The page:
42 Dunk to Evatt

Minute CANBERRA, 22 January 1946

AUSTRALIAN-DUTCH RELATIONS

The attached paper [1] deals at length with the recent adverse drift in Australian-Dutch relations.

The position in very brief summary is- (a) the trend probably started with the Australian Government decision not to admit Dutch troops to Australia for training (this was before the end of the war and before any Indonesian problem developed), (b) in subsequent matters, e.g., repatriation of Indonesians held in Australia, shipment of relief supplies, etc., the Dutch have not been very co-operative and most of the moves have been from the Commonwealth, (c) although the Commonwealth has refrained from giving statements to the press while we have been endeavouring to negotiate for shipment of relief supplies, various Dutch officials have given press statements seeking to throw all the blame on to the Australian Unions and inferentially on to the Australian Government for not controlling the Unions, (d) other press comment has appeared which, although not directly attributed to the Dutch Authorities has the appearance of being provided by them.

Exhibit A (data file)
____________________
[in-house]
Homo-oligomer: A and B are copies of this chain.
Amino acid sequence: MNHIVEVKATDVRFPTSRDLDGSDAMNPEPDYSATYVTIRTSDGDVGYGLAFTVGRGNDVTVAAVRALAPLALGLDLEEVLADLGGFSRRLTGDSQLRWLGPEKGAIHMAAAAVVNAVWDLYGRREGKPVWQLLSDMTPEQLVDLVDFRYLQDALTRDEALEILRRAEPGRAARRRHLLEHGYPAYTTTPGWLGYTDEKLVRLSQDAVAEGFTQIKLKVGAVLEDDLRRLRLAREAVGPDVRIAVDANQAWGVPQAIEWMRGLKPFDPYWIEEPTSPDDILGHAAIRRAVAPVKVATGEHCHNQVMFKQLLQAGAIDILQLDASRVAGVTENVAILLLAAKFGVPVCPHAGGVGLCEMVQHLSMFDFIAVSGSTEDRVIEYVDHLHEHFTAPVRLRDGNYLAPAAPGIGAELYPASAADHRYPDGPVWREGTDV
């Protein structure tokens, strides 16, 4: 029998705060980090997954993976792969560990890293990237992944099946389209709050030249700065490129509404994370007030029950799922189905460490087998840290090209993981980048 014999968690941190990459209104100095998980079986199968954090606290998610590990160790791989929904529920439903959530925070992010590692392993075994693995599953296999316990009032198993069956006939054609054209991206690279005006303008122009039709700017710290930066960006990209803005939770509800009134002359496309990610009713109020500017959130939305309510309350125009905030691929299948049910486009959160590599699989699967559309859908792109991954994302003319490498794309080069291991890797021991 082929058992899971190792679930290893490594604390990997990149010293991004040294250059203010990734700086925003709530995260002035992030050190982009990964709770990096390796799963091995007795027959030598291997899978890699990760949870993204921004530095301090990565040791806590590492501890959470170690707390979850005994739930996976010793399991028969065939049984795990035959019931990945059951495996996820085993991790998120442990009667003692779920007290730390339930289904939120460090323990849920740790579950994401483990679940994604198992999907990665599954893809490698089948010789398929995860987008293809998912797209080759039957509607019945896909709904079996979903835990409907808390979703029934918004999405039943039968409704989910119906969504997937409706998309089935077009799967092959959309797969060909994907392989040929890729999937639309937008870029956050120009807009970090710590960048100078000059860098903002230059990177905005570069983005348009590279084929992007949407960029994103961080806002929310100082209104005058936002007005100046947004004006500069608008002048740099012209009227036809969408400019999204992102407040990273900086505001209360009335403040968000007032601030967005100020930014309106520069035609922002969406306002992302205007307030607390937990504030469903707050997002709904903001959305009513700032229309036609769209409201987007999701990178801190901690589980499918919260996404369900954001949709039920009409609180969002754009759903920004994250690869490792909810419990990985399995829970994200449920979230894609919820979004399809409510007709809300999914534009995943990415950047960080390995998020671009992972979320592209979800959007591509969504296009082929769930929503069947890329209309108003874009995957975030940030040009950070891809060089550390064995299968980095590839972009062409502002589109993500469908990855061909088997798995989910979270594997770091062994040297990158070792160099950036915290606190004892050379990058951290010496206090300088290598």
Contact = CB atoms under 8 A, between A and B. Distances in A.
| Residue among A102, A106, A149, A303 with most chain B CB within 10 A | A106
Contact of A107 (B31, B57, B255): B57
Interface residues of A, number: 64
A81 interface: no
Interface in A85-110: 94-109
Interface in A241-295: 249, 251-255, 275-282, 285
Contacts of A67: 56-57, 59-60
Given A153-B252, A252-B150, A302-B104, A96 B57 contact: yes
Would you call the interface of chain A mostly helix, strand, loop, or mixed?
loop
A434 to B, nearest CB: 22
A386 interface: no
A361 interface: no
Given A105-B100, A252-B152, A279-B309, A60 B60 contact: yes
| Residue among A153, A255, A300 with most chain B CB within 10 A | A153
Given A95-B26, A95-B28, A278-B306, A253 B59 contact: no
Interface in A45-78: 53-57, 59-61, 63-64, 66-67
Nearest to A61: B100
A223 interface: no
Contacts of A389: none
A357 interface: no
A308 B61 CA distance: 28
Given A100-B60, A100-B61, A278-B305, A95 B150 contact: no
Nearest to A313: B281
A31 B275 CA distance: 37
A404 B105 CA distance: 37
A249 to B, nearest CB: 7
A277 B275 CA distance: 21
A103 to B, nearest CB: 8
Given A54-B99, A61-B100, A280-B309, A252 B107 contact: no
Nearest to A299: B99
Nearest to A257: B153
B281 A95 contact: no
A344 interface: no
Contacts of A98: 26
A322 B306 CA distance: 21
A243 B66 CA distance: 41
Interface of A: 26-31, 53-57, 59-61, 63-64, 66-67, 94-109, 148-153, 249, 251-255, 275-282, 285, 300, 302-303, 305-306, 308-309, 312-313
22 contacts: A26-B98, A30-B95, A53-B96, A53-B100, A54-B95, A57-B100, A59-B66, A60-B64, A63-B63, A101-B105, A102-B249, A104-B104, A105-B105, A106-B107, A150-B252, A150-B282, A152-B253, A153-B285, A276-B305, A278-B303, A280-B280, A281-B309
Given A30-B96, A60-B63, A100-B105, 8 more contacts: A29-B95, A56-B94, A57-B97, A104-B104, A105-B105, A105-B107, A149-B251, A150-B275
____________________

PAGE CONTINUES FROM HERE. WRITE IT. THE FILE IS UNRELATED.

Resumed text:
The Dutch are obviously bewildered by the rapid march of events in N.E.I. They had a country, lost it to the Japs and just as they looked like re-occupying it Indonesian difficulty prevented them.

They do not seem to be able to understand why former friends are not fully and openly supporting them against what they regard as an Indonesian 'revolt'.

The Dutch try to apply pressure through the business community by crying 'damage to future trade'. I think undoubtedly some damage will result if they again become masters in N.E.I. On the other hand their goodwill would never have extended to purchasing goods in Australia which could be obtained more cheaply elsewhere.

I suggest the line with the Netherlands Minister should be- (a) that we take a serious view of the public statements by Dutch officials which are inferentially critical of the Government, (b) that while we are desirous of continuing friendly relations, they can only be maintained if the Dutch co-operate.

I suggest further that you should keep the discussion on general lines and not be led into discussion on particular cases. [2]

(W. E. DUNK)

1 'Australian-Dutch Relations-1945-1946', dated 21 January.

Evatt conferred with Van Aerssen on 22 and 23 January. Included in the issues discussed were the difficulties associated with he shipping of relief supplies from Australia to the N.E.I. Van Aerssen confirmed that the N.E.I. authorities in Batavia now agreed to Australian unions' demand for the distribution of relief supplies in the N.E.I. to be supervised by SEAC. Also raised during the discussions was Evatt's hope that Australia might be involved in negotiations between the N.E.I. Govt and the Indonesians.

[AA:A1838/2, 401/3/9/1/1, i]